- a dangerous incident is an incident in relation to a workplace that exposes a worker or any other person to a serious risk to a person’s health or safety emanating from immediate or imminent exposure to various things, including fire, gas, steam and various substances.
- 36 per cent were “serious incidents”
- a serious incident is an incident were a worker requires immediate treatment as an in-patient in a hospital, medical treatment within 48 hours of exposure to a substance, or medical treatment for injuries such as amputations, head injury, eye injury or spinal injuries.
- 2 per cent resulted in fatalities.
Types of Claims
The most common types of Comcare claims for the 2017 – 2018 year were:
- body stressing claims (41 per cent)
- falls trips and slips (23 per cent)
- being hit by moving objects (12 per cent)
- vehicle incidents (9 per cent)
- mental stress (7 per cent).
Claim Acceptance Rates
Over the past five years the number of new claims received and accepted in the Comcare scheme has been trending down.
- between 2014 – 2015 an average of 18.9 Comcare claims were made per 1,000 full time Comcare workers, with 14.8 accepted
- between 2015 – 2016 an average of 16.4 Comcare claims were made per 1,000 full time Comcare workers, with 11.9 accepted
- between 2016 – 2017 an average of 15.2 Comcare claims were made per 1,000 full time Comcare workers, with 11.4 accepted.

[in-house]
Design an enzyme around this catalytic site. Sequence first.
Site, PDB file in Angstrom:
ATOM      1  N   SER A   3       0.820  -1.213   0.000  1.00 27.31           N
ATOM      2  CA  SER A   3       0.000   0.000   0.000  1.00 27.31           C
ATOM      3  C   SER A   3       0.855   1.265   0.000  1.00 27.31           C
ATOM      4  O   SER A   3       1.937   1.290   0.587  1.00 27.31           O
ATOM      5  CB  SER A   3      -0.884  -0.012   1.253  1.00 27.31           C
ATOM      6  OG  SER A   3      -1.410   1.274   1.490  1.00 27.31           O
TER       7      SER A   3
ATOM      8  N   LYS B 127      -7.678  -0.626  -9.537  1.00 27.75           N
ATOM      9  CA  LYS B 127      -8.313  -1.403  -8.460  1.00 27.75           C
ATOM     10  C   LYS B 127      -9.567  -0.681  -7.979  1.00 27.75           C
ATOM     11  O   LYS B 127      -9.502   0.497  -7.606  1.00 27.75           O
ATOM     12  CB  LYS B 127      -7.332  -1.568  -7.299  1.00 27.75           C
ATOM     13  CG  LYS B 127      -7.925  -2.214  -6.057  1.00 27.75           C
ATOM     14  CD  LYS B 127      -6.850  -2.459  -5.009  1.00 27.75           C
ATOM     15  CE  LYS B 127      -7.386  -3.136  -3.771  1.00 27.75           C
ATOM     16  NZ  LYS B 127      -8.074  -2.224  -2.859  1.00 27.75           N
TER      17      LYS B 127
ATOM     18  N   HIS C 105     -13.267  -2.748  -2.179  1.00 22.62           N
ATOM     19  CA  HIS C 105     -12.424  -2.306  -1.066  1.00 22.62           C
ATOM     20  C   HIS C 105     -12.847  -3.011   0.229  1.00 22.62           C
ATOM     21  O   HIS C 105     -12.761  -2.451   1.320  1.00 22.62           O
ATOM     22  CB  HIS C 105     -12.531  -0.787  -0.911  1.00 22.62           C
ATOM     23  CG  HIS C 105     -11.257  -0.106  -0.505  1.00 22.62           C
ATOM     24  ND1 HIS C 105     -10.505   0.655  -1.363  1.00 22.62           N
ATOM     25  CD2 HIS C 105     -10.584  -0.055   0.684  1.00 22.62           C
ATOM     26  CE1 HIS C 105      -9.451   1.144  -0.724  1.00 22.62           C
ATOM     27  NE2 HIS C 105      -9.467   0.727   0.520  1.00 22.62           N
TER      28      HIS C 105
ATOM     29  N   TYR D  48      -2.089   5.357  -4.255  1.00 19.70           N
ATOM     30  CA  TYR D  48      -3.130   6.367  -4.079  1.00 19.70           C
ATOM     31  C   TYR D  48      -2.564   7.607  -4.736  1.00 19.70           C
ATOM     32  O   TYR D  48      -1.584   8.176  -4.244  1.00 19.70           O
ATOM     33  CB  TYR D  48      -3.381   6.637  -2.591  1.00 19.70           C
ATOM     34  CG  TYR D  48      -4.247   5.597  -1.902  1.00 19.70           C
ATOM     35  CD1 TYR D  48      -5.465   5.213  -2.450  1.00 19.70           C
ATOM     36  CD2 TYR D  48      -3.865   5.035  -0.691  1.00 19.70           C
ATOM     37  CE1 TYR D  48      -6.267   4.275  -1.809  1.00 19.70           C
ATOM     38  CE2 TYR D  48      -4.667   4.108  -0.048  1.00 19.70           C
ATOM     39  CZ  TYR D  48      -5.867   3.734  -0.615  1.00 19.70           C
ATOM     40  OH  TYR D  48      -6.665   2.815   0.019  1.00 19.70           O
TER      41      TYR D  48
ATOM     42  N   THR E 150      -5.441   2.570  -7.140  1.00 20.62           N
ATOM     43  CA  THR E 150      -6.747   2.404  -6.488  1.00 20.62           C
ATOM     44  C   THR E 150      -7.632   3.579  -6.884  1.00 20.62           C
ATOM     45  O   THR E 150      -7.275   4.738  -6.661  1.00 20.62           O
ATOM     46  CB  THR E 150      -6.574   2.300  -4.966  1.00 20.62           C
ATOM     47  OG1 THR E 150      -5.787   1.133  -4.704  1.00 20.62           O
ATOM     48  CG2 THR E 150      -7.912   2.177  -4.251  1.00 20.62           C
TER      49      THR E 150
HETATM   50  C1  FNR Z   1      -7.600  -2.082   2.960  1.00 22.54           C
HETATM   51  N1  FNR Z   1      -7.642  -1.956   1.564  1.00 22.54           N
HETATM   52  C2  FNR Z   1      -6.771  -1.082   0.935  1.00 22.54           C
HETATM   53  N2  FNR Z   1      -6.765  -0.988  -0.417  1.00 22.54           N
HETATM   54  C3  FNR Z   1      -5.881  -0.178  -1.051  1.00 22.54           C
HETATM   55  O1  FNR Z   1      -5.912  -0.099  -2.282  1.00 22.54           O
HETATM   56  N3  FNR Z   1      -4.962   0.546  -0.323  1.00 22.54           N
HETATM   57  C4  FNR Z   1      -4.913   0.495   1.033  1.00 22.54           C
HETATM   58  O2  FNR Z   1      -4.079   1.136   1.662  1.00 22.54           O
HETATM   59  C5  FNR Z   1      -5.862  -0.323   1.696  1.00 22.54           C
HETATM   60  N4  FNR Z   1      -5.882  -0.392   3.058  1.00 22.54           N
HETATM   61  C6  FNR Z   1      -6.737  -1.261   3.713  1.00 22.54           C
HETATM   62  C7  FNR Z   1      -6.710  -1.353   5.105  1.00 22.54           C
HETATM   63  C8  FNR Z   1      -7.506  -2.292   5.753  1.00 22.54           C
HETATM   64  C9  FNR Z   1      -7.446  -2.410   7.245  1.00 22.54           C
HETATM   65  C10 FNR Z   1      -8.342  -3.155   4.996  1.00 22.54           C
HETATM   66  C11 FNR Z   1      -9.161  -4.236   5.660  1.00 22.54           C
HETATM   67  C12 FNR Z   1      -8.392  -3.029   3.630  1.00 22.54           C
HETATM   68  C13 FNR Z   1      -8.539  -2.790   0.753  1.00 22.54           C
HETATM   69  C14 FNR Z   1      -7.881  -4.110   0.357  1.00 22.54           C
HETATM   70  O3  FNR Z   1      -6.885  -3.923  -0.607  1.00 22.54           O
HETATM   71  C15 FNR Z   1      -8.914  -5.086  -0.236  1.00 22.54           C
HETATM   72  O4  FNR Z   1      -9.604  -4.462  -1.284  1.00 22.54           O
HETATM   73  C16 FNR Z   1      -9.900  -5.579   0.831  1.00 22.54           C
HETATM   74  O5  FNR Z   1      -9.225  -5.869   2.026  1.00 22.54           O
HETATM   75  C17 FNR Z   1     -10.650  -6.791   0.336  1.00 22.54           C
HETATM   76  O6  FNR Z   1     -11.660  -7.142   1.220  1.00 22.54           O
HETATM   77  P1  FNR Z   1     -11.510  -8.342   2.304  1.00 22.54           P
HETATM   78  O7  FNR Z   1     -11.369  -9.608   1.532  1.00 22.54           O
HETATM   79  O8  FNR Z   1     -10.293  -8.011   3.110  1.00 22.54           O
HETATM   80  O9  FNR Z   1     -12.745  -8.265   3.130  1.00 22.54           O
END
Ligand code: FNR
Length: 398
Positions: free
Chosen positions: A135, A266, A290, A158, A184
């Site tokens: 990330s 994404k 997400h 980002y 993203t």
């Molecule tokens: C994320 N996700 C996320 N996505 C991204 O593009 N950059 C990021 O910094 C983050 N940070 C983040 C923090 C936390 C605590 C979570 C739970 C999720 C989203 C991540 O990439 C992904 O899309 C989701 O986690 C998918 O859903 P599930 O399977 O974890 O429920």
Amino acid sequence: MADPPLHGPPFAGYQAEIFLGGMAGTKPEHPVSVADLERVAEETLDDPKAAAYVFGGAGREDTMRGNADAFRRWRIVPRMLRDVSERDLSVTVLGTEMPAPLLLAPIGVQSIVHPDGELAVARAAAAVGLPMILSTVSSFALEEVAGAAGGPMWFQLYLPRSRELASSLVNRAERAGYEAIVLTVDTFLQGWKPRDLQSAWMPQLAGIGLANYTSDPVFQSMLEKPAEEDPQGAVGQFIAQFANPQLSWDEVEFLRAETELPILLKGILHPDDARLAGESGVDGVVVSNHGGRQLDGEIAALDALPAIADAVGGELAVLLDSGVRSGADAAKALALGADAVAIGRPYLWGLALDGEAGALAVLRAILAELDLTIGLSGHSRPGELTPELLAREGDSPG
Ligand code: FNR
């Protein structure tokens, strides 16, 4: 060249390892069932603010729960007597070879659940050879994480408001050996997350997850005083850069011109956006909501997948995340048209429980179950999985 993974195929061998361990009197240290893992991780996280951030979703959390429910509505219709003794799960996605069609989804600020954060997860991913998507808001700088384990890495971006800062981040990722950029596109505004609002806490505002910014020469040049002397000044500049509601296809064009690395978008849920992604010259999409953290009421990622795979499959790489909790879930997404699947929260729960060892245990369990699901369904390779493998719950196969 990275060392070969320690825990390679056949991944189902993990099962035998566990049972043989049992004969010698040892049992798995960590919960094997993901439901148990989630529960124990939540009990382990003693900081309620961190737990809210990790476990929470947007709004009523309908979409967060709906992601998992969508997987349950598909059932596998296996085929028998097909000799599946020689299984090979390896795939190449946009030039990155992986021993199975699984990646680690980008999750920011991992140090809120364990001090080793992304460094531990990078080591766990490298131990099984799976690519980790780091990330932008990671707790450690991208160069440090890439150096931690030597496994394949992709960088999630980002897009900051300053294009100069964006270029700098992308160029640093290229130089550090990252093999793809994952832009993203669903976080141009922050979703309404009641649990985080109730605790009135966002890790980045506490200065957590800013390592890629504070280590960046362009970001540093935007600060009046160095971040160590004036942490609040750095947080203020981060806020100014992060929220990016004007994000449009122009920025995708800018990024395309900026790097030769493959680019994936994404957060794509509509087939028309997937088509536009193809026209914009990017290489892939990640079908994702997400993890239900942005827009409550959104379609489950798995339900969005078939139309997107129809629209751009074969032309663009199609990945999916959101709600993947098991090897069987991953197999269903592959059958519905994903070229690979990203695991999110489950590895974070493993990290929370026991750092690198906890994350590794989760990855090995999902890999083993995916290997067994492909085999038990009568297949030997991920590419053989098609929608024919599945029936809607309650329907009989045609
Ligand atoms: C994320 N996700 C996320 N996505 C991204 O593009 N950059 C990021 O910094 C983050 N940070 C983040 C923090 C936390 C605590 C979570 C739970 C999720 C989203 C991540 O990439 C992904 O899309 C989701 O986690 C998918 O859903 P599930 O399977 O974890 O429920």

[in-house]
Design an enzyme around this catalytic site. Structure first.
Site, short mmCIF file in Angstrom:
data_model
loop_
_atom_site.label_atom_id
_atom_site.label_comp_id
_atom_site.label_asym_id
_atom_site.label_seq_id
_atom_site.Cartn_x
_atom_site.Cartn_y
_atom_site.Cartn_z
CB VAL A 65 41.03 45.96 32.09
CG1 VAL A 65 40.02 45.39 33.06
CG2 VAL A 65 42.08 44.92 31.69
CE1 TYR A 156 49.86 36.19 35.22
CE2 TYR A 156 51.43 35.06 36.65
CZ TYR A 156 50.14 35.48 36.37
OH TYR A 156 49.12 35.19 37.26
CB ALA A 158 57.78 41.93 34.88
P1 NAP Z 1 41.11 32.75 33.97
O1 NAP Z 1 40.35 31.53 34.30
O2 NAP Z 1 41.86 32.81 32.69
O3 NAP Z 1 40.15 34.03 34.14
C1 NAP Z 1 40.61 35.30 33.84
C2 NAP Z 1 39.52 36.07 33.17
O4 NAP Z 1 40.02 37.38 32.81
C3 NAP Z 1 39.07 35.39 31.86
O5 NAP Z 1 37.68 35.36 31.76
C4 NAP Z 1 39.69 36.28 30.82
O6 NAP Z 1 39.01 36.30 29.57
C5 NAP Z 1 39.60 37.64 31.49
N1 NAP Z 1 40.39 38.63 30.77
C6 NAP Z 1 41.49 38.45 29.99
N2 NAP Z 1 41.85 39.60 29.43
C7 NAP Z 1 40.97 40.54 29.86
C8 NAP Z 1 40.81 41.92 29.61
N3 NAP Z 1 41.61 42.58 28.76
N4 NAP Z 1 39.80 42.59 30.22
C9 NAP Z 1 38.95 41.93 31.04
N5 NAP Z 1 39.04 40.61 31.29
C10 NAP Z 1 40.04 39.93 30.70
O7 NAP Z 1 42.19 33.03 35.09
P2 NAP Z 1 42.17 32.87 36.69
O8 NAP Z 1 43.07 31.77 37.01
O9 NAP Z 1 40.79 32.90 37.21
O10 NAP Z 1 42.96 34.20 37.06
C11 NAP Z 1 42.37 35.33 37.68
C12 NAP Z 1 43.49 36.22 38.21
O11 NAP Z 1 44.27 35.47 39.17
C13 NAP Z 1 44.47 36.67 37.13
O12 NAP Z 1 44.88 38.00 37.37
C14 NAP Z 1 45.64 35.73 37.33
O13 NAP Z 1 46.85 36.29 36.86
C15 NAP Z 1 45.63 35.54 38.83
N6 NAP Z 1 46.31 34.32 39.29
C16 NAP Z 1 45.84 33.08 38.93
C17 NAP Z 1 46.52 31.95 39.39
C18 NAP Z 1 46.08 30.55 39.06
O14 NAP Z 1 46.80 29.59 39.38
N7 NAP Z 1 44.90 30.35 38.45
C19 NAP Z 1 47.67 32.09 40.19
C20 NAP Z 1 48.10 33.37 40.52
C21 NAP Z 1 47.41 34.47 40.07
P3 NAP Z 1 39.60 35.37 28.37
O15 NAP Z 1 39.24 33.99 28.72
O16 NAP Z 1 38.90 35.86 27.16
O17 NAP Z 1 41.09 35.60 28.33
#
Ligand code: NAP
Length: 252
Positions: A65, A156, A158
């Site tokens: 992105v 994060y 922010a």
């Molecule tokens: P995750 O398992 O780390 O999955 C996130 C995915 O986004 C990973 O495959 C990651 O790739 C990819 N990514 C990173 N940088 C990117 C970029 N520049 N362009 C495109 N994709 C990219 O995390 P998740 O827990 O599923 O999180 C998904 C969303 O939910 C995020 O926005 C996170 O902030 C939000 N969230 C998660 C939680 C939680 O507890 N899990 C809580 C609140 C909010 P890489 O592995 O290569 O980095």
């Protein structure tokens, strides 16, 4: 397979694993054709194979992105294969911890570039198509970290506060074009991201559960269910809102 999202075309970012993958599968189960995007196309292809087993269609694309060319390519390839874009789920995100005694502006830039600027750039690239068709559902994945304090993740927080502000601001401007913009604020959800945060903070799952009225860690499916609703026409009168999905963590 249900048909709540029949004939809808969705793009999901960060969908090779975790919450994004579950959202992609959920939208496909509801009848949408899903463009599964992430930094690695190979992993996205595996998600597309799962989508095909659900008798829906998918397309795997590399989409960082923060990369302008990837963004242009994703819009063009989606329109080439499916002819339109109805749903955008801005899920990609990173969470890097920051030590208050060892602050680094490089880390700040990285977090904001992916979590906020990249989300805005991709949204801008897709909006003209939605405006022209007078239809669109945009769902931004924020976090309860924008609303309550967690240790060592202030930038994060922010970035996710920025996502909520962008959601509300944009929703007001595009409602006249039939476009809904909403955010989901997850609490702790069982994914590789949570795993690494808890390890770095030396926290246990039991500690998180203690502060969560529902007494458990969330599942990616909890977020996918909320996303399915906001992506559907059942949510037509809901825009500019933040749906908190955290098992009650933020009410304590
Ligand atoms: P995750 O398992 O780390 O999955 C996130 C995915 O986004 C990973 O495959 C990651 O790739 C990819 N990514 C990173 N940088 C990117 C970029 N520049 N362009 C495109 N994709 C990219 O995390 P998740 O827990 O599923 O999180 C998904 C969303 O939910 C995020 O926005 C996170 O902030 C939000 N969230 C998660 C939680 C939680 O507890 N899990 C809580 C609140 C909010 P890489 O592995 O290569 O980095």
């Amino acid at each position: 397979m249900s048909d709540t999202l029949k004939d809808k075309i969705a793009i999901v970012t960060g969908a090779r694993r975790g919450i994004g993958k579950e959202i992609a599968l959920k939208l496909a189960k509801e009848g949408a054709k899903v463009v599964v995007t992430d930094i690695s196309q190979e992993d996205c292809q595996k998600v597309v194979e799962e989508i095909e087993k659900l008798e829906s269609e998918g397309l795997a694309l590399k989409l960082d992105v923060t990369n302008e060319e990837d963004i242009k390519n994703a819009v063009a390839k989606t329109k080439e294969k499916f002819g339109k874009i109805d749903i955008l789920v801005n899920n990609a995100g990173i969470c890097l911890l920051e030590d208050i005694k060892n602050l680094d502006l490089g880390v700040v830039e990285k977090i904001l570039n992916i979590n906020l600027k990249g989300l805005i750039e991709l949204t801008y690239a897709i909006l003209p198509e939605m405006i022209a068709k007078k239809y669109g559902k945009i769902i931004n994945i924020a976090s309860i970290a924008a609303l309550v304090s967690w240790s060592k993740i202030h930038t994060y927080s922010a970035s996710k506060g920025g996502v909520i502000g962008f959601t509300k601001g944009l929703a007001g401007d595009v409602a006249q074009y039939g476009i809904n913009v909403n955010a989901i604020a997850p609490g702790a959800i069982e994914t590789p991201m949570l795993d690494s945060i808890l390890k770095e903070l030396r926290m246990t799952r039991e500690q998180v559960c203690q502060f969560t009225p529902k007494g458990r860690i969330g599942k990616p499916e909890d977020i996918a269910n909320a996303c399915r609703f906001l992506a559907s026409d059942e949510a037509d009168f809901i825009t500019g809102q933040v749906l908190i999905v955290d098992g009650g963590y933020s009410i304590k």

The Comcare scheme is a technically challenging scheme, which can often make it a difficult jurisdiction for both injured workers’ and practitioners. Despite this, the SRC Act remains an important piece of workers’ compensation legislation, providing all those covered with a single safety, rehabilitation and compensation system, regardless of their location within Australia.
1 Commonwealth, Parliamentary Debates, House of Representatives, 22 April 1971, Mr Wentworth.
2 Safety, Rehabilitation and Compensation Act 1988 (Cth) part VIII.
3 For a full list of current self-insurers, see https://www.srcc.gov.au/information_for_self-insurers/licensees.
4 Safety, Rehabilitation and Compensation Act 1988 (Cth) s 16.
5 Ibid s 39.
6 Ibid ss 29 and 29A.
7 Ibid s 19.
8 Ibid ss 24 – 26.
9 Ibid s 4.
10 Ibid s 27.
11 Ibid Division II.
12 Safety, Rehabilitation and Compensation Act 1988 (Cth) s 17(3).
13 Ibid s 17(4).14 Ibid s 18.
15 Ibid s 15.
16 Injury is defined in term to include an ailment or aggravation of an ailment.
17 Safety, Rehabilitation and Compensation Act 1988 (Cth) s 5A.
18 Ibid s 5B.
19 Kennedy Cleaning v Petksoska  200 CLR 286 at 300  per Gleeson CJ and Kirby J.
20 Comcare v Martin  HCA 43 .
21 Safety, Rehabilitation and Compensation Act 1988 (Cth) s 14.
22 Ibid Part VI.
23 Safety, Rehabilitation and Compensation Act 1988 (Cth) s 62.
24 Ibid s 62.
25 Ibid s 63.
26 Ibid s 64.
27 Ibid s 65 and Administrative Appeals Tribunal Act 1975 (Cth) s 29.
28 Administrative Appeals Tribunal Act 1975 (Cth) s 44.
29 Safety, Rehabilitation and Compensation Act 1988 (Cth) s 45.
30 Ibid s 45(2).
31 Ibid s 45 (3).
32 Ibid s 44(1).
33 Limitation of Actions Act 1958 (Vic) s 27D.